Lander says that the vision for the Broad came from unofficial collaborations between scientists at Harvard and MIT that emerged while he headed the Whitehead Institute, a major center for sequencing the human genome. As the project came to a close, this growing culture of collaboration was so powerful, we felt we needed a way to institutionalize it. The idea took years to become a reality. Eli and Edythe Broad, who were funding a minor project at the Whitehead, made a chance visit there on a Saturday and were impressed by the buzz of activity and conversations going on. After many discussions with leaders at Harvard, MIT, the Whitehead, and the teaching hospitals, they agreed to fund Landers vision in Boston with a $100-million founding gift, which was later doubled. (As this issue went to press, the Starr Foundation of New York City announced a $100-million gift to fund a five-year consortium linking the Broad to four New York research centers—Cold Spring Harbor Laboratory, Memorial Sloan-Kettering Cancer Center, Rockefeller University, and Weill Medical College of Cornell University—to further focus genomic technology on understanding and treating cancer.)
The Broad currently has an operating budget of about $125 million, with most of its funding coming from the National Institutes of Health (NIH) and other federal sources. It has won major federal grants, including $14 million to identify common genetic variations called single-nucleotide polymorphisms (SNPs); $18 million to study heart, lung, blood, and sleep disorders; and $12.6 million to study cancer genomics. About 5 percent of its budget comes from the two universities. The Broad has also sought partnerships with pharmaceutical companies for some of its projects. Whether part of a public or private partnership, results of the Broads work are all made publicly available.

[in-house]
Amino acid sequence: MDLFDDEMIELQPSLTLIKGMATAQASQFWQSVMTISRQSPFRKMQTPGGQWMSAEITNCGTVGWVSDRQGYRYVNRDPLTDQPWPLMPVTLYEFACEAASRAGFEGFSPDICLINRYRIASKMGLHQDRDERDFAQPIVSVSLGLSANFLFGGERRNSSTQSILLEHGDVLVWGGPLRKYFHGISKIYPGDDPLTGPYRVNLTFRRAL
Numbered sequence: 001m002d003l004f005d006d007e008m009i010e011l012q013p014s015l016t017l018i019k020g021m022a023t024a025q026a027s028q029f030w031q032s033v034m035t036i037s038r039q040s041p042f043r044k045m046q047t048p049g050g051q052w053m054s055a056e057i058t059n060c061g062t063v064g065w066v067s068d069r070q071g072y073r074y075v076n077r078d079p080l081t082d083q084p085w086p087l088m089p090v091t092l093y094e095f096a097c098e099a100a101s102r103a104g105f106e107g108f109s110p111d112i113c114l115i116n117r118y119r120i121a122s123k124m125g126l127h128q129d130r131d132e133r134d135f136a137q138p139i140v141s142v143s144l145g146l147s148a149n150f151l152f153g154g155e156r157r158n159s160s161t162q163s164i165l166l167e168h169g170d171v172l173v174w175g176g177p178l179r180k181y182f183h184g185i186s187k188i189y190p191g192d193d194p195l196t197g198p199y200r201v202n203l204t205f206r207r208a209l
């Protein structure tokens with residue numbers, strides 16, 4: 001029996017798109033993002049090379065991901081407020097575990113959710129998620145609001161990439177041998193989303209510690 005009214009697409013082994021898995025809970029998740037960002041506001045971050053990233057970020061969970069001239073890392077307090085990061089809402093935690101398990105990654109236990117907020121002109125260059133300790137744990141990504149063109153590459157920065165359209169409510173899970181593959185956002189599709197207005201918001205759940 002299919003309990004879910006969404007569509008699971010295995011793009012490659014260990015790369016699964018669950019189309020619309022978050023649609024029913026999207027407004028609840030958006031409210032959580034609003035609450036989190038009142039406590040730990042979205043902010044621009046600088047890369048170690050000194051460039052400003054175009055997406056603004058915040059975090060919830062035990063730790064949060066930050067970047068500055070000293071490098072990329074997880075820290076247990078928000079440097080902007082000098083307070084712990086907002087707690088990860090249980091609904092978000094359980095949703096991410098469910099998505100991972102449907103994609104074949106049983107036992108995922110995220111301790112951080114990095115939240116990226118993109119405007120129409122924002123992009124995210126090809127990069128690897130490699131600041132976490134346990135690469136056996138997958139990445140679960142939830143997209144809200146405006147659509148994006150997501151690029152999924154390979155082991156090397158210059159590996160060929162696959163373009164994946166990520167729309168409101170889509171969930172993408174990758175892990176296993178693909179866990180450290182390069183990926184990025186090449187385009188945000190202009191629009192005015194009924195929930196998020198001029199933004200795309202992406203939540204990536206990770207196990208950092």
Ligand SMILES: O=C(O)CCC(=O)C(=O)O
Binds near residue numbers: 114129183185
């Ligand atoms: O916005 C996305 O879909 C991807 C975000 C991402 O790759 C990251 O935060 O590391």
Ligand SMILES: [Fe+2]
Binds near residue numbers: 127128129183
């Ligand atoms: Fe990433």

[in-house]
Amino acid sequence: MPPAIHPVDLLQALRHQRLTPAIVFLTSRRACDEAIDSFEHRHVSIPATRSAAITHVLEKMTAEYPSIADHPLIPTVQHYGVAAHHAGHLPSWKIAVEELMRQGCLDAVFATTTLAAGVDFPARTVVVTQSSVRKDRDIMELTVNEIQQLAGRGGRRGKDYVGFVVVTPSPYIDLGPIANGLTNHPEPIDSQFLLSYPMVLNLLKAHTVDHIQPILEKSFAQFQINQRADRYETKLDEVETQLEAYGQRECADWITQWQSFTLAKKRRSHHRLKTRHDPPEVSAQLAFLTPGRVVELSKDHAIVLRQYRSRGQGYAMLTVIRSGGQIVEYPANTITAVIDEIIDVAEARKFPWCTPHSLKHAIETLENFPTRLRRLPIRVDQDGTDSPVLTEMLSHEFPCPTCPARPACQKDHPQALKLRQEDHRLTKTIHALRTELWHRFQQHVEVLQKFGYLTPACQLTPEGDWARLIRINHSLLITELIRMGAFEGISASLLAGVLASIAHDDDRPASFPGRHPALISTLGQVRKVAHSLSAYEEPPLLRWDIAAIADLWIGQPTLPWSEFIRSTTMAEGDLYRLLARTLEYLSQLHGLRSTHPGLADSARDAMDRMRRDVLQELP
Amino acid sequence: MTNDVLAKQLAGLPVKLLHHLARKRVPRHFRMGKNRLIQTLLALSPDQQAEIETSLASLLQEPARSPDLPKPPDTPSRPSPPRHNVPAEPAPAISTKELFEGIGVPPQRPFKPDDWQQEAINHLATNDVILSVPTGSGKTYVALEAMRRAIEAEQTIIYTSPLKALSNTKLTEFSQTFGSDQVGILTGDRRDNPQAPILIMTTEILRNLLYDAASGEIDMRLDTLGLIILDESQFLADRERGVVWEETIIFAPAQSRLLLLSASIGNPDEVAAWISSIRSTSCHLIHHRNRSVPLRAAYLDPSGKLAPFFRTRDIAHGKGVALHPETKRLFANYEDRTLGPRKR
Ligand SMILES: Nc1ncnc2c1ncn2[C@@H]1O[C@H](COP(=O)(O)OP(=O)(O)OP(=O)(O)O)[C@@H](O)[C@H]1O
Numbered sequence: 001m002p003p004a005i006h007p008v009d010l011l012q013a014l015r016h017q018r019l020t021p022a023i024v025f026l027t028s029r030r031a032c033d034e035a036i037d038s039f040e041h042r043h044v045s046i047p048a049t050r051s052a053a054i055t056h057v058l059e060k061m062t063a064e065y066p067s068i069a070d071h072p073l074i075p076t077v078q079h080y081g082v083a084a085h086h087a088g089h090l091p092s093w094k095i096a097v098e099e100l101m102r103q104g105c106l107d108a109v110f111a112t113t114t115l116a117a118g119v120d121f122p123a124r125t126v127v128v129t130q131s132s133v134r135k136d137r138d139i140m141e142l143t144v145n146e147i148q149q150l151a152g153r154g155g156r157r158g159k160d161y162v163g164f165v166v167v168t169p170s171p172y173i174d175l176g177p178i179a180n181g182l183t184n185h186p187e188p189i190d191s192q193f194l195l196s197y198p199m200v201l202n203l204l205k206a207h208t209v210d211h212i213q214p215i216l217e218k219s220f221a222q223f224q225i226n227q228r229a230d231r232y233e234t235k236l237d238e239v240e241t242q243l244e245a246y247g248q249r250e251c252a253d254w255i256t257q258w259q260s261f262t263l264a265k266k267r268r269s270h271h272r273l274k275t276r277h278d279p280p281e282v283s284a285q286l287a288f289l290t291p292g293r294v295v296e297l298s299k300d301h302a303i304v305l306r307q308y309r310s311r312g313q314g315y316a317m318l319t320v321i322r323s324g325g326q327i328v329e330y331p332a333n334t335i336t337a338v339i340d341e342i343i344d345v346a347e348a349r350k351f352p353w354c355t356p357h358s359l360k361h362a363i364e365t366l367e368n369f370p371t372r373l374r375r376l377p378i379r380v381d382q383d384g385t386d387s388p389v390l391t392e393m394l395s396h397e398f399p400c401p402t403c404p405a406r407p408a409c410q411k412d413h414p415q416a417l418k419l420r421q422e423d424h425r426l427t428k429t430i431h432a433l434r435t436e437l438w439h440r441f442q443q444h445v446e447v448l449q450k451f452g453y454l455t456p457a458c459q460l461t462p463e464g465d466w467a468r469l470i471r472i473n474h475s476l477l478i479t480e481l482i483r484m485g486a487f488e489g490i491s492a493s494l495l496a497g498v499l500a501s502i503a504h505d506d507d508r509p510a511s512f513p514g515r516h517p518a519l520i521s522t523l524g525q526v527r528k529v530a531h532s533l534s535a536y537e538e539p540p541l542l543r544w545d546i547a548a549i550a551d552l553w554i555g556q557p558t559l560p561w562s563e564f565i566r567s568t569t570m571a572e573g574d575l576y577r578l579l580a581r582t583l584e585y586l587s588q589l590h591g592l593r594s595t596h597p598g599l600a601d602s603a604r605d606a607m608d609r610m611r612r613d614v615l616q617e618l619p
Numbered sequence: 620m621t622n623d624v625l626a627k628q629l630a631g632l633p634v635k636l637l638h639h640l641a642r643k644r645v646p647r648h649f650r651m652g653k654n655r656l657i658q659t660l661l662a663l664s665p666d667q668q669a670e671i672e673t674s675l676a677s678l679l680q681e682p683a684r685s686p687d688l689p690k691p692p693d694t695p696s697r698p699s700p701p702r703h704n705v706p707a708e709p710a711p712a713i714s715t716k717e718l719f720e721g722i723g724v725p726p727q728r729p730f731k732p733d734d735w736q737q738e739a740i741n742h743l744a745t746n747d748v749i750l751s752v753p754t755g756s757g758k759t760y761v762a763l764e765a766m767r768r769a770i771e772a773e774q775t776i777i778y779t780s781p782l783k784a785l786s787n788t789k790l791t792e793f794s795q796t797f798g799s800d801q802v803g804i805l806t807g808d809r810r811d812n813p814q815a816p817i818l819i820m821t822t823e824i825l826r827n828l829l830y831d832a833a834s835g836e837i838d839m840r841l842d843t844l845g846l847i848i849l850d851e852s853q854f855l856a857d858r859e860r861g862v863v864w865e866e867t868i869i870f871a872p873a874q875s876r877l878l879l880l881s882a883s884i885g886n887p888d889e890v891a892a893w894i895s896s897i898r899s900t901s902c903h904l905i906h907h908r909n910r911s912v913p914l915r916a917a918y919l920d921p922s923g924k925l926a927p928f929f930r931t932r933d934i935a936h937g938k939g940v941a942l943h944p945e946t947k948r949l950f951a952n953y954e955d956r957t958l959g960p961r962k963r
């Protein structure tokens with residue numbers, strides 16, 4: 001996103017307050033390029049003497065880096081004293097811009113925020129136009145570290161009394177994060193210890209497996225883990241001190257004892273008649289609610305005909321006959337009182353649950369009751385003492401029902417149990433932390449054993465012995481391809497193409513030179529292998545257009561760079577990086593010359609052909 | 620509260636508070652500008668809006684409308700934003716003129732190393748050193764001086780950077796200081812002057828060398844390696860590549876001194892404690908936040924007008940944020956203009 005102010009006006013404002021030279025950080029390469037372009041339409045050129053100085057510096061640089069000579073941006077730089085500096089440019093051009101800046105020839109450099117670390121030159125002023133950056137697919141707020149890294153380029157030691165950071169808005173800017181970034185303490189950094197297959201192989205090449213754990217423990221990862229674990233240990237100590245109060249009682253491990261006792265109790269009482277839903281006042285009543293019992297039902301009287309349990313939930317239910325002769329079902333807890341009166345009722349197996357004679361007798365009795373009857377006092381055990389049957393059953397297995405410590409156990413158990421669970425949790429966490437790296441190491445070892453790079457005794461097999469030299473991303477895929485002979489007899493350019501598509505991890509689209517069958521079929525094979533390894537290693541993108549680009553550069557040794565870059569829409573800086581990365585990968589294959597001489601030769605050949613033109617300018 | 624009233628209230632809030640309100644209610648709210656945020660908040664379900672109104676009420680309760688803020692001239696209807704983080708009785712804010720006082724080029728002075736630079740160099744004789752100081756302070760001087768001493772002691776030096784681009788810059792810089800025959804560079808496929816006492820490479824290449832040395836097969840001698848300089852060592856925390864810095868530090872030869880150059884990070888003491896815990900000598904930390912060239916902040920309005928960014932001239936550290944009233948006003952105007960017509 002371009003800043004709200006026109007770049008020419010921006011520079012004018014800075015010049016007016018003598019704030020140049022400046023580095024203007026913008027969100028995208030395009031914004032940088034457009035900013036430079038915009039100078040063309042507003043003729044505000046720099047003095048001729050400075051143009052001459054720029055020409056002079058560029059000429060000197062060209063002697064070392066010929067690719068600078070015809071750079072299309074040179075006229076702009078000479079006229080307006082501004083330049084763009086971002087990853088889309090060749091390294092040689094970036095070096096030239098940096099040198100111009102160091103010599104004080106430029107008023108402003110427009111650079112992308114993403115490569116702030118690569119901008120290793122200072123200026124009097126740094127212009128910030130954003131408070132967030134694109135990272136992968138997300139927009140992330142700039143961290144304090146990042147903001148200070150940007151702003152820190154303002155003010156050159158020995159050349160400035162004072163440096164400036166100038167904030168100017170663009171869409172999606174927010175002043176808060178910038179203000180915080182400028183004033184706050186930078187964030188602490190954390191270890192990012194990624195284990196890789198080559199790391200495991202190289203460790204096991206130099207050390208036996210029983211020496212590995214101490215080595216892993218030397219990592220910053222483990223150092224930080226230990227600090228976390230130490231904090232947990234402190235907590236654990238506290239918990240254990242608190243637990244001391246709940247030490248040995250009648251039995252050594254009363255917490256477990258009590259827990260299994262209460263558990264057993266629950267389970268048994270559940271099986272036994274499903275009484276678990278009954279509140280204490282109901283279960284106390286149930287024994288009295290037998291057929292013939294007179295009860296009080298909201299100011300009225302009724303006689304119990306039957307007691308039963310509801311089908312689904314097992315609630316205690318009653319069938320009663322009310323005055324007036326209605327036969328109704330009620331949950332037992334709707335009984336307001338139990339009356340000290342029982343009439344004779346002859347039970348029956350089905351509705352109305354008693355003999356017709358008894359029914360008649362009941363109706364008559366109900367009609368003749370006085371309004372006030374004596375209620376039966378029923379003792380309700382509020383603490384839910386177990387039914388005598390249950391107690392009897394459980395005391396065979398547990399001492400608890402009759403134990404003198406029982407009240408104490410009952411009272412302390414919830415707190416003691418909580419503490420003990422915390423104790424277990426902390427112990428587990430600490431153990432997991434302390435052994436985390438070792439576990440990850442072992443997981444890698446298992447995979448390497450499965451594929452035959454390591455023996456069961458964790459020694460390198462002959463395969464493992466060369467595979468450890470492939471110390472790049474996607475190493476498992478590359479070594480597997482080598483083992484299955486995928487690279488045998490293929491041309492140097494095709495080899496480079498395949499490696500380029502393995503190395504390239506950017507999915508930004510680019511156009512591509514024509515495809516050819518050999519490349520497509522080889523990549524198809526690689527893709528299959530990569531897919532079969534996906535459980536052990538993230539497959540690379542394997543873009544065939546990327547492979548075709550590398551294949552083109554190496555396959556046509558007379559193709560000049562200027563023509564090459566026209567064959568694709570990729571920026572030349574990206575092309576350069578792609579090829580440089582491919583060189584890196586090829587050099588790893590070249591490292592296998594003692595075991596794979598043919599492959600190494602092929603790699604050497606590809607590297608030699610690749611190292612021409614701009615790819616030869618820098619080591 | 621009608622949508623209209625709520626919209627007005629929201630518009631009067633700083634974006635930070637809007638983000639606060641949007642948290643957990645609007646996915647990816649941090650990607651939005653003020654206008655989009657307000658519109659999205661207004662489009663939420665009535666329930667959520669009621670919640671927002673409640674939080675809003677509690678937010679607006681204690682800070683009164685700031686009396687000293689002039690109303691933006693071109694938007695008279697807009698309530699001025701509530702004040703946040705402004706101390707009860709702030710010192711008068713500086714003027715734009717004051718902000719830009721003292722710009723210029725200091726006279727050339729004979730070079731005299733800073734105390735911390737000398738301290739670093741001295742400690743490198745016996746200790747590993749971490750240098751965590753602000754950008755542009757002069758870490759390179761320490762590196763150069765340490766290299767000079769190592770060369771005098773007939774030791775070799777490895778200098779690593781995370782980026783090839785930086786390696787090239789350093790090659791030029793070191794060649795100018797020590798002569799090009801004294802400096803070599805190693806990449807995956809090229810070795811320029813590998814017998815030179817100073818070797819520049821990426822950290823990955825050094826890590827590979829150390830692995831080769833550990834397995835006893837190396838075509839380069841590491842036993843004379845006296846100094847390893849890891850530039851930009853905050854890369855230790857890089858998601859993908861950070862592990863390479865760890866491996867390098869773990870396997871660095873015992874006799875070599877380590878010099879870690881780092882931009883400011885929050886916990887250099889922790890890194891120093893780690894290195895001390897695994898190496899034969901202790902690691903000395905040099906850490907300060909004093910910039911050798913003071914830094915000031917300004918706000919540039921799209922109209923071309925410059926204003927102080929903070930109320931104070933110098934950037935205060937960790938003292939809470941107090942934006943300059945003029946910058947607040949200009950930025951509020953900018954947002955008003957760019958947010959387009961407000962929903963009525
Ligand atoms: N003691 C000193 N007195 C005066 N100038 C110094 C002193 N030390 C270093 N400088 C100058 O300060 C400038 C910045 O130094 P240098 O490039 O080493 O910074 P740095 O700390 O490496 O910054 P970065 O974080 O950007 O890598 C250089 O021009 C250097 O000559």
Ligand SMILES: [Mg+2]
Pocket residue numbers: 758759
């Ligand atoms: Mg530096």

Though MIT handles the administration for the institute, it is governed by both universities. The science community of Boston and Cambridge is already collaborative, and connections have been forged among schools and science departments at Harvard, between Harvard Medical School and its affiliated hospitals, and between Harvard and MIT. Some of these connections are informal, some are virtual research centers, and some are educational connections like the Health Sciences and Technology joint M.D.-Ph.D. program at Harvard Medical School and MIT.
The Broad aims to take collaboration a step further. Its founders say it is both a real and a virtual institution. Its sleek new building in Kendall Square provides labs and office space where people from different institutions can work together cheek by jowl, as Lander puts it. In addition to its full-time staff of 625 and six core faculty members (expected to reach 12 in the near future), the Broad has a network of more than 100 associate members in the Harvard and MIT community, helping it reach beyond its walls. Core members have faculty appointments and maintain full teaching responsibilities at one or both schools; Lander, for instance, has been teaching MITs introductory biology class for 15 years, and Stuart Schreiber, Loeb professor of chemistry, teaches organic chemistry at Harvard. They also supervise undergraduate and graduate students in their labs. New core members are hired through academic searches with university or hospital department leaders.
The Broad solicits nominations for associate members from department heads, school leaders, or the researchers themselves, and a group of 10 core and associate members act as a selection committee. Associate members keep their full teaching and research responsibilities, but shuttle between the Broad and their home institutions, sometimes maintaining labs at both places. Memberships have two-year renewable terms, and members are expected to collaborate with others, attend weekly program meetings, and otherwise contribute to the Broad community. In return, Lander says, they are given only the right to propose collaborative projects. With its private funds, the Broad maintains an internal grant-making mechanism that can help researchers launch projects without facing the onerous process of applying for grants from the National Institutes of Health. These internal funds can nurture early or risky projects until they can find support elsewhere.